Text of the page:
Clarice Brough is a team member at Animal-World and has contributed many articles and write-ups.

Tomato Clownfish, making a classy rebirth on Animal-World

February 14, 2014 by  
Filed under All Posts, Aquariums, Saltwater Fish

Tomato Clownfish, Amphiprion frenatus

The Tomato Clownfish, brightly colored with attitude!

The Tomato Clownfish is a rambunctious and tenacious anemonefish, but with a bright sunny guise, which makes it most endearing.

This spirited anemonefish is very durable and one of the very best first fish for the beginner starting into the saltwater hobby. Yet all marine aquarists equally enjoy this vibrant fellow.

True to its “tomato” name, colors ranges from burnt orange to tomato red. You may find it called a Red Clown, or perhaps a Onebar or Bridled Anemonefish due to the white bar accent on its head, reminiscent of a bridle. Sometimes it will even be labeled a Blackback Anemonefish because the larger females develop a deep brown coloring on their sides as they mature. But personally I just like to call it a red tomato!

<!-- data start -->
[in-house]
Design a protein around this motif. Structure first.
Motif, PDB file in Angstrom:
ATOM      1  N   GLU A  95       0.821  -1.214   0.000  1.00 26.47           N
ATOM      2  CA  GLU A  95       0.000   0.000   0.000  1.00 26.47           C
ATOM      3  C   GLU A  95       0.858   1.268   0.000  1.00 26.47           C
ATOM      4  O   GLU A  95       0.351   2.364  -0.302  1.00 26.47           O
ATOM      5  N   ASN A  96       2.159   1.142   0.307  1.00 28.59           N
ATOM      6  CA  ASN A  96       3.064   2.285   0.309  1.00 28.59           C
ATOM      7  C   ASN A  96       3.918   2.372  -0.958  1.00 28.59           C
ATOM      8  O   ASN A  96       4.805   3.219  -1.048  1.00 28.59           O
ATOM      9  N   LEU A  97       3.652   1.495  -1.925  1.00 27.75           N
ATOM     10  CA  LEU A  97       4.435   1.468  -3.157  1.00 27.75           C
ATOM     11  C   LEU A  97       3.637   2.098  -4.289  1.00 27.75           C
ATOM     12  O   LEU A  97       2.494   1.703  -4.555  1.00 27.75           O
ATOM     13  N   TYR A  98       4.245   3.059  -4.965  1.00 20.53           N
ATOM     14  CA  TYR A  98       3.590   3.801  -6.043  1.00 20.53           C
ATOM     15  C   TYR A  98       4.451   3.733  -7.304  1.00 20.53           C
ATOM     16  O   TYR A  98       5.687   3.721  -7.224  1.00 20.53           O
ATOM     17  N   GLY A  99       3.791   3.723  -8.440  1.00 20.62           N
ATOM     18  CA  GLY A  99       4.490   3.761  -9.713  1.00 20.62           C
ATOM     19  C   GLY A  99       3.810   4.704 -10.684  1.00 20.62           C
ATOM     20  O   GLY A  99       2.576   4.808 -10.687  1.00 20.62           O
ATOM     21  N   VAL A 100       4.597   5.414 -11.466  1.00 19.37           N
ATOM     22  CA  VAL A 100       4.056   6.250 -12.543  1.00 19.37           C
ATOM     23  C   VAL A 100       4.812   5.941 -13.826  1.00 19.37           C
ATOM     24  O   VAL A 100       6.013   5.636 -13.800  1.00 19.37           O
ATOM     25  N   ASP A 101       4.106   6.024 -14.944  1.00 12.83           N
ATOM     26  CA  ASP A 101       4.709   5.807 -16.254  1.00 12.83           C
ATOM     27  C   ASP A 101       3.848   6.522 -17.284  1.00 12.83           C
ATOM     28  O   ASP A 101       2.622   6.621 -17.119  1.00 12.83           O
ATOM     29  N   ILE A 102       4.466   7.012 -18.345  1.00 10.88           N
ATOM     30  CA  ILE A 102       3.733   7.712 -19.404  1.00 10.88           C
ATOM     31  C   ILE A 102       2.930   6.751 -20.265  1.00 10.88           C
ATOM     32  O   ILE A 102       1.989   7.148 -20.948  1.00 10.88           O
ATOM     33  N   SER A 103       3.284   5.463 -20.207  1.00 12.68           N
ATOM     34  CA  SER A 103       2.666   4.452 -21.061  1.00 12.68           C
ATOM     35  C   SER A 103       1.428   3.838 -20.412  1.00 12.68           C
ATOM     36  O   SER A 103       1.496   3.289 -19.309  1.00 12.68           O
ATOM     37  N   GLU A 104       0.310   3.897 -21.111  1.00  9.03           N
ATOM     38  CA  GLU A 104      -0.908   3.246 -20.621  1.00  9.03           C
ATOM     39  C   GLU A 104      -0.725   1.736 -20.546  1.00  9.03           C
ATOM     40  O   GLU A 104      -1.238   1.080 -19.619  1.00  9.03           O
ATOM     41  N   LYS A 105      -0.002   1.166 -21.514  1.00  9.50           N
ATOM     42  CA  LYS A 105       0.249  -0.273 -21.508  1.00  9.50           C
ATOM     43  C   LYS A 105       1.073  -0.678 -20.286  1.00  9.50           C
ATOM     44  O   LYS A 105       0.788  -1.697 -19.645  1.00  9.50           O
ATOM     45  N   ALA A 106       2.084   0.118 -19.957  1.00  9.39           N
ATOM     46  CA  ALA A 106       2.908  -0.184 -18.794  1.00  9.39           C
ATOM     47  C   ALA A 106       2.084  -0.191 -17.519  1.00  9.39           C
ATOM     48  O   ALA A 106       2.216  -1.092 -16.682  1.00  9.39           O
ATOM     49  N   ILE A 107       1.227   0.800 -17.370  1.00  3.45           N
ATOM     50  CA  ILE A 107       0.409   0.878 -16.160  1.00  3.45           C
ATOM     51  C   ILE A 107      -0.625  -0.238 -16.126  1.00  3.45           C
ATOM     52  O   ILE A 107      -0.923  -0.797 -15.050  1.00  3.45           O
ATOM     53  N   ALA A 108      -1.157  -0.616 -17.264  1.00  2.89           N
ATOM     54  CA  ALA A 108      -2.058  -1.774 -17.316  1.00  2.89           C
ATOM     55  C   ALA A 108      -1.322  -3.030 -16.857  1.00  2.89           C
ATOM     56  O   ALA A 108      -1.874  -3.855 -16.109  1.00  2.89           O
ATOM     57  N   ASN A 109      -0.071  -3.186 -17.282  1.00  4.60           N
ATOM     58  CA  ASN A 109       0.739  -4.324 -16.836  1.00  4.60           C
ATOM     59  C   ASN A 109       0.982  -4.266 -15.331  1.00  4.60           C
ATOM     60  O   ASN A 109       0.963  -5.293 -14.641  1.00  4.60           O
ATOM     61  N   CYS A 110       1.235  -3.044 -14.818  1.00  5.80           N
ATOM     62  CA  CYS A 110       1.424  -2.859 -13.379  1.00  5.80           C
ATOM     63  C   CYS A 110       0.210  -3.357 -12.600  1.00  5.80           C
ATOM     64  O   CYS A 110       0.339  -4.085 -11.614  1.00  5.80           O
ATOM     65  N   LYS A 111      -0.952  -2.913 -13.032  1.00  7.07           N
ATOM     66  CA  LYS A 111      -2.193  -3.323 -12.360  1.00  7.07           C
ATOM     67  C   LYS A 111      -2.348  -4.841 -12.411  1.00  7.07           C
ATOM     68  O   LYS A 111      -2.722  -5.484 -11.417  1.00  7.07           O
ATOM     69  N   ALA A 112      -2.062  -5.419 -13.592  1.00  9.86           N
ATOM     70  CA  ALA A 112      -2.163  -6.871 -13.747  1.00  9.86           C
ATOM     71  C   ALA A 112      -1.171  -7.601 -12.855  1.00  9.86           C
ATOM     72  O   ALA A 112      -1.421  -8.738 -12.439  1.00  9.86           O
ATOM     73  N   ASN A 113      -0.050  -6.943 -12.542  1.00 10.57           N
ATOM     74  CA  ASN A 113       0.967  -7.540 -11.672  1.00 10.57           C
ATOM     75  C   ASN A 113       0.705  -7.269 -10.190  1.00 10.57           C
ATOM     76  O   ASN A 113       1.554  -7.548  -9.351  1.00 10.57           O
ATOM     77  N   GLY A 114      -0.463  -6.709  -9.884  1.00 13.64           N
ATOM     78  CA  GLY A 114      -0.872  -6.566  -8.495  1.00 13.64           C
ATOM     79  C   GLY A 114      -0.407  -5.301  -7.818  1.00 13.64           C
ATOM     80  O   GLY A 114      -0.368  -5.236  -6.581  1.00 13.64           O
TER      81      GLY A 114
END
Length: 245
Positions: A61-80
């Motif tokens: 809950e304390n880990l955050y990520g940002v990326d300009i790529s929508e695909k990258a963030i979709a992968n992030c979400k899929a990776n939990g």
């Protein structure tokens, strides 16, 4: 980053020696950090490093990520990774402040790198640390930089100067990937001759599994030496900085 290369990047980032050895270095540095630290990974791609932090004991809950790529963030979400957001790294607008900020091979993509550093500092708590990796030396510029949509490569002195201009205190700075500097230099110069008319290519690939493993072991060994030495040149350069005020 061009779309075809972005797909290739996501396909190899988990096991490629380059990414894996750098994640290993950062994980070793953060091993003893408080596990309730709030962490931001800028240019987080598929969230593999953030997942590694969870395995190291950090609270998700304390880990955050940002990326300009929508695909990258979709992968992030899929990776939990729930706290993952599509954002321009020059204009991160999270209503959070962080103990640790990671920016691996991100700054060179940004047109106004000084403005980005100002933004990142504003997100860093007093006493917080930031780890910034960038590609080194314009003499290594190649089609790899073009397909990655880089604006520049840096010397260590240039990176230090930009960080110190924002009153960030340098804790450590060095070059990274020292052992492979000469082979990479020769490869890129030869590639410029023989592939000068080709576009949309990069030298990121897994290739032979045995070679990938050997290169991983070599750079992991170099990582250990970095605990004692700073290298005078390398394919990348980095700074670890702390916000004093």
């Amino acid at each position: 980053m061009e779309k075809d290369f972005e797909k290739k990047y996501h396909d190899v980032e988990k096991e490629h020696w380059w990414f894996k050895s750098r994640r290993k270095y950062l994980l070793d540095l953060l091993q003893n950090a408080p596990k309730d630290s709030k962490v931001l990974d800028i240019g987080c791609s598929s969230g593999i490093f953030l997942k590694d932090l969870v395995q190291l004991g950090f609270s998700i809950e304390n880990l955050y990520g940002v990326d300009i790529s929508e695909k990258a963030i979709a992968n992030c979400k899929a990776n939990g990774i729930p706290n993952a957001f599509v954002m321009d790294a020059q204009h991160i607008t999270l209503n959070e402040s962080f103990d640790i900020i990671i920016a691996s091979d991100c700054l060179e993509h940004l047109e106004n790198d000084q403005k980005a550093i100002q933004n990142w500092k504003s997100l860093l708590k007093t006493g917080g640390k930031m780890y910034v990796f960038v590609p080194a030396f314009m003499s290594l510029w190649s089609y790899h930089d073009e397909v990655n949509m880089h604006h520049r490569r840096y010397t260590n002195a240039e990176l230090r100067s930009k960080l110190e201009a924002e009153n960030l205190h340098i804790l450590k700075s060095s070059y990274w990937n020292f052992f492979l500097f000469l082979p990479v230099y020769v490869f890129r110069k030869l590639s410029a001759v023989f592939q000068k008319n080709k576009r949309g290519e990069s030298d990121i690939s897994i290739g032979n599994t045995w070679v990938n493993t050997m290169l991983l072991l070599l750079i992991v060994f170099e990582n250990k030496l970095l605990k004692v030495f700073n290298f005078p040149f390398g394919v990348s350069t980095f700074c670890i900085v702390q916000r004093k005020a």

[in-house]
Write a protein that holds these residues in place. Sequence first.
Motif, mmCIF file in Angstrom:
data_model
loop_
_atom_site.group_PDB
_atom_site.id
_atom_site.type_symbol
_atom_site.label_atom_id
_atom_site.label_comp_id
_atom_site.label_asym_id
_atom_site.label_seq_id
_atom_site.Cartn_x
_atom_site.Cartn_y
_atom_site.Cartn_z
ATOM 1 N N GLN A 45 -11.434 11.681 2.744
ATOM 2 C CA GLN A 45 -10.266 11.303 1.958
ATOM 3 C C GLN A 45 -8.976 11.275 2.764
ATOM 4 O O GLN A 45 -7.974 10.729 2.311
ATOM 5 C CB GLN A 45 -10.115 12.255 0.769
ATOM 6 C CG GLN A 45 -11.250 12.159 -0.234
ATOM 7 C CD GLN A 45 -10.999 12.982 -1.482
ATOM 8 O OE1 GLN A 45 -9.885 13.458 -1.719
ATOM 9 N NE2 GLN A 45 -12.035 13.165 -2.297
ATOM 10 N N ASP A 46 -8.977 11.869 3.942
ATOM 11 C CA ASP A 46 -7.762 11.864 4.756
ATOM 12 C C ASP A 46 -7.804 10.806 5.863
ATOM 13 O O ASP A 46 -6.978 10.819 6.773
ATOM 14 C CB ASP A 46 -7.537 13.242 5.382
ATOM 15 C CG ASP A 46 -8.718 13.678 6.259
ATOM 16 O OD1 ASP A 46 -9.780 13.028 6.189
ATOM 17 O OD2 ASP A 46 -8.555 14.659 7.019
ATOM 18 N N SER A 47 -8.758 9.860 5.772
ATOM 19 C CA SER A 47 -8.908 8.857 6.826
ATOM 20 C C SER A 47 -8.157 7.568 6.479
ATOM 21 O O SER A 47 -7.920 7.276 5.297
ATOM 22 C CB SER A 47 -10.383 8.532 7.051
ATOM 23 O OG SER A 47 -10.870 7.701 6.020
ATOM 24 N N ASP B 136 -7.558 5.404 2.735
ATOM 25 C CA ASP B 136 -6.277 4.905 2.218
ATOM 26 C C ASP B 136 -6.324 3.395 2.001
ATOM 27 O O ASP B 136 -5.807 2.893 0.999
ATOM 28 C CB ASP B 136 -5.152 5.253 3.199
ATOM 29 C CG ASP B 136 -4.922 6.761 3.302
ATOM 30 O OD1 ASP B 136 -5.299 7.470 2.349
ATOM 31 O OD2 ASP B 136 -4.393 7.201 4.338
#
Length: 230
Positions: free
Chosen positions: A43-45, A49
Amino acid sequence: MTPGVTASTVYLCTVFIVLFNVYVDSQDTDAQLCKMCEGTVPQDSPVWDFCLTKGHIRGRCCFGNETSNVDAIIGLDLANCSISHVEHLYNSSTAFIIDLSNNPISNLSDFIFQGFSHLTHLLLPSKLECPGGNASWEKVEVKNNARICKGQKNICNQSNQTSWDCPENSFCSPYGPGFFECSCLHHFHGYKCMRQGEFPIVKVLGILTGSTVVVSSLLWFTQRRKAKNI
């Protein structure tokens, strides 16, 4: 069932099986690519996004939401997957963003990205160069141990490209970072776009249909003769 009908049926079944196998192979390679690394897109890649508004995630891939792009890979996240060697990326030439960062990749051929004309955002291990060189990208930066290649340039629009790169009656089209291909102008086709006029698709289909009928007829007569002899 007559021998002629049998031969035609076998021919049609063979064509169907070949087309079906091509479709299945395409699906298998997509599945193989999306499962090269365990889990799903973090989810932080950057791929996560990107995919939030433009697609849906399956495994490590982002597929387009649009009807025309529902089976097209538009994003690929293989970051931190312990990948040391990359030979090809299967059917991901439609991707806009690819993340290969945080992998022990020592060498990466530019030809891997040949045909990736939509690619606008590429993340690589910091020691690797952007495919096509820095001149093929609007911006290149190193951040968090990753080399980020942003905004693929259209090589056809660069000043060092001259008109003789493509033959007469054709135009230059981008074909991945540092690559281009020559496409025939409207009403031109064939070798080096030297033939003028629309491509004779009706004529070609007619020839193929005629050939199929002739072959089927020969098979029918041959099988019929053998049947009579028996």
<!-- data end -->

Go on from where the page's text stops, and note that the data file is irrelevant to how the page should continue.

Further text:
It’s the flashy looks and fabulous “bullet proof” durability that make this fish popular, but it does have a bit of an attitude. This is a semi-aggressive fish that will quarrel with any other clownfish and will harass peaceful fish. Then it becomes even more belligerent if it has an anemone!

Fortunately it does just fine without an anemone as long as there is plenty of rockwork. That makes it great for a smaller aquarium. And without an anemonoe, a new hobbyist doesn’t have to jump into being a reef keeper!

It is best to keep only one Tomato Clown per tank, with tankmates that are equally tenacious, or a pair in a larger tank. They can be obtained as captive bred fish and are available as a single specimen or as a pair.

Check out more about this “tomato” colored anemonefish. Pictures and information for Tomato Clownfish, along with its habitat and aquarium care!